Simultaneous dual-band solves this problem by splitting traffic into two separate networks with one base station: older clients stay on the slower 2.4GHz band; 802.11n-enabled Macs and other hardware use the 5GHz band. This preserves the speed of the 5GHz band while allowing older devices access to your network.
By default, Time Capsule broadcasts both networks with the same SSIDs (the technical term for a network name), though you can set a different name for the 5GHz network. 802.11n-equipped Macs with the latest AirPort client software (available only for Leopard) automatically switch between networks, depending on which is optimal for the conditions of the wireless client. If your MacBook ( ) is placed far away from the Time Capsule unit, it will use the 2.4GHz band, which is slower but has far greater range; when your Mac is closer to the base station, it switches to the 5GHz network without any user intervention, assuming that both networks share the same name. If you change the name of the 5GHz network, this feature doesn’t work.
To make sure that the Time Capsule could stand up to some serious network traffic, I gathered four Macs (two on the 2.4GHz network, and two on the 5GHz network) and pumped lots of traffic between the two pairs. It is important to determine whether Time Capsule can provide consistent and high rates of data transfer over both networks at the same time. If the device isn’t able to handle lots of traffic over both networks, then it is of limited use.
During my testing, I found that Time Capsule didn’t bog down under load. Both networks performed well, with the 2.4GHz network consistently delivering bandwidth in the area of 30 Mbps; at the same time, the 5GHz network was pumping along at 70 Mbps on average. (Both numbers had spikes, and I was able to get the bandwidth up to 150 Mbps between a MacBook using the 5GHz network and my Mac Pro ( ), which was plugged into one of the Gigabit ethernet ports on the back of the unit.)
Be my guest
The other big feature in the new Time Capsule is the guest network. Who hasn’t played host to a laptop-toting friend who needed to get on the wireless network to check email or surf the Web? It’s likely that you have some sort of security, so that your friend would need a password to get on the network. Furthermore, let us assume that, while you’re concerned about security, you’re also lazy or forgetful and tend to pick one good password and use it for everything, including your wireless network. That means the password you’ll give your friend is the same one you use for your bank account, your own email, your credit card logins, and so on. How well do you really know that friend of yours, anyway?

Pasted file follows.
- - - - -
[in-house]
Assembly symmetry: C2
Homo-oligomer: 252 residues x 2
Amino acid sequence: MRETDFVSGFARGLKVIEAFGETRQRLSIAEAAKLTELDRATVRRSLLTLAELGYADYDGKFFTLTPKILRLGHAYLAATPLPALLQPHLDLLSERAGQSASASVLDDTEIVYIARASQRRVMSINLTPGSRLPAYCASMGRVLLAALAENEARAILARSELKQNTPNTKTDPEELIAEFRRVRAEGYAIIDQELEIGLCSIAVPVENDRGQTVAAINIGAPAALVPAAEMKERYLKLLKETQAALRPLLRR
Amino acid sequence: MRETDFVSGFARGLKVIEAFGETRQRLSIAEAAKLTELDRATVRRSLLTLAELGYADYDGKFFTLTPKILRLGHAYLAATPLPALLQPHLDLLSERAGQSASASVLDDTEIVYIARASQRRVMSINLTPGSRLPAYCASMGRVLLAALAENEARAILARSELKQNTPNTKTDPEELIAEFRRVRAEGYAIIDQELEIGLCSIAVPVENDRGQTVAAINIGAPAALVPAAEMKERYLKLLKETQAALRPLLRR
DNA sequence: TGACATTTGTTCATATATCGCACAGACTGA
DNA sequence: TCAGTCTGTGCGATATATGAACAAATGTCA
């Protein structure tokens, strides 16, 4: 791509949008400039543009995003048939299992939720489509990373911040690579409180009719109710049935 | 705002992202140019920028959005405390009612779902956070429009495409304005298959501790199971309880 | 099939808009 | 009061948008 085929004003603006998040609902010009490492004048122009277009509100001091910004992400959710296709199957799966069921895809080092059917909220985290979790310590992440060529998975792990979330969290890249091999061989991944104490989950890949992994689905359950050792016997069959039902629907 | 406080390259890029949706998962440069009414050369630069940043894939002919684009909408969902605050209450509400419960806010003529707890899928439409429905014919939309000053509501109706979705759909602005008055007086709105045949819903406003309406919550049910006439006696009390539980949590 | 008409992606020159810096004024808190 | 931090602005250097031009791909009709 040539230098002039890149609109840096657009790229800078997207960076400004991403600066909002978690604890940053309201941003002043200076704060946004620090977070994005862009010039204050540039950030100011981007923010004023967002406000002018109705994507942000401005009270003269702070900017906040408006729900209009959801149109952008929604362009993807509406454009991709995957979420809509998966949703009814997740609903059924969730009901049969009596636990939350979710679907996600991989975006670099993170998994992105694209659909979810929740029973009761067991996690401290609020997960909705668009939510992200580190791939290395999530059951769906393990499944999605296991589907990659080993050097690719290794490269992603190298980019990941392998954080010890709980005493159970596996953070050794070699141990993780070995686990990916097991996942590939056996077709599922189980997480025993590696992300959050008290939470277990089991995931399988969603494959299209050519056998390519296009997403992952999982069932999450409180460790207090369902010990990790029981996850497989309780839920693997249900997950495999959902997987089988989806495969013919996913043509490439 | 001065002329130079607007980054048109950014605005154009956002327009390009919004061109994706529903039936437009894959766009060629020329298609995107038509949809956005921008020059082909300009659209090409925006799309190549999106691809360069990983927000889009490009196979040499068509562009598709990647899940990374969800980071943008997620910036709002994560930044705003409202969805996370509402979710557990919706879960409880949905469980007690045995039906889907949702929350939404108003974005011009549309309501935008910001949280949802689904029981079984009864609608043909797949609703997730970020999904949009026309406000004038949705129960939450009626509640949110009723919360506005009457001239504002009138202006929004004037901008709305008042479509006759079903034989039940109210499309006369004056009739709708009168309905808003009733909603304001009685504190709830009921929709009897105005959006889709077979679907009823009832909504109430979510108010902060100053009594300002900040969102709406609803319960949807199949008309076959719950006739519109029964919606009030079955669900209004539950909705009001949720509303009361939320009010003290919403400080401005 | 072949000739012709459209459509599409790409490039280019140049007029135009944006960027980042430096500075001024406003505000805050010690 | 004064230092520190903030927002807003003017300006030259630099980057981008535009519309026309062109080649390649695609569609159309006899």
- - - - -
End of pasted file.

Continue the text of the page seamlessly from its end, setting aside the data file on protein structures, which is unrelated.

Guest network to the rescue. The guest network uses the same 2.4GHz and 5GHz radios as your main network, but this network is virtual. It connects to the Internet just like your main network, but it uses a different name and can have a completely different, though limited, group of settings applied to it. Users on the guest network have access to the Internet, but all local network traffic, including Bonjour, is hidden. This means that network resources available on your main network, such as printers and file servers, can’t be seen. A optional setting (modified via a checkbox) lets you allow guests to network with each other, but that still protects your main network. If you’re generous, you can also choose to omit a network password, leaving the guest network open, or you can give it a different password than the one you use for everything else via standard WPA/WPA2 personal encryption. (Older WEP encryption isn’t available.) The Time Capsule’s guest network is also simultaneous dual-band (although the two guest network bands must share the same name), so all your guest’s devices will connect at the highest speeds they are capable of. That makes all network devices, and their owners, happy.
Back to my Time Capsule